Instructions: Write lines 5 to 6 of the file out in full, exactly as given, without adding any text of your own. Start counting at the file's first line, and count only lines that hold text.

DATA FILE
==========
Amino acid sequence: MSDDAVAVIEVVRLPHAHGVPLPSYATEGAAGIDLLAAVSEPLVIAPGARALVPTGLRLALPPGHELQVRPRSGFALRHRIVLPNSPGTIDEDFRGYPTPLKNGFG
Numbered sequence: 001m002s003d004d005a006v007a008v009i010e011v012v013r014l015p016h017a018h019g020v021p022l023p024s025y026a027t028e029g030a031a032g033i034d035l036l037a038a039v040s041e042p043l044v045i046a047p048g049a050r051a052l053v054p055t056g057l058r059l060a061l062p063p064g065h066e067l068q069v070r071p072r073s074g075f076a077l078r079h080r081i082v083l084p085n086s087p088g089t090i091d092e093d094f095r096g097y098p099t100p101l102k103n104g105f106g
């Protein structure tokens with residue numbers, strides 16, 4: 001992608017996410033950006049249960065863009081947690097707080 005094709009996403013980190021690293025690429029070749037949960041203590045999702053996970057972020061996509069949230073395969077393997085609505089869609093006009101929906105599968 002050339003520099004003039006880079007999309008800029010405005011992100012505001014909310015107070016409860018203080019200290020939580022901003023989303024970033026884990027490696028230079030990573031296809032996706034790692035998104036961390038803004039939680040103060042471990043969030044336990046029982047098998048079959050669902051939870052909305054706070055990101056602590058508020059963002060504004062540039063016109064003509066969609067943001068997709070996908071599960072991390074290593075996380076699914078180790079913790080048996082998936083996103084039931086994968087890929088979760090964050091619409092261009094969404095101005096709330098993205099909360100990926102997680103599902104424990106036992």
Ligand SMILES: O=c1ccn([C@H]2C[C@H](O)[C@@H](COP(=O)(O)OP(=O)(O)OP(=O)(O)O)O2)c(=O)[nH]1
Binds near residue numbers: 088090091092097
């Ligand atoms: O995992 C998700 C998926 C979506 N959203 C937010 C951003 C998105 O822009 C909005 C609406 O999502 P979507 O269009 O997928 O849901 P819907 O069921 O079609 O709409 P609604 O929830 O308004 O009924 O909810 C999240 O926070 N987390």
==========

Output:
Binds near residue numbers: 088090091092097
């Ligand atoms: O995992 C998700 C998926 C979506 N959203 C937010 C951003 C998105 O822009 C909005 C609406 O999502 P979507 O269009 O997928 O849901 P819907 O069921 O079609 O709409 P609604 O929830 O308004 O009924 O909810 C999240 O926070 N987390």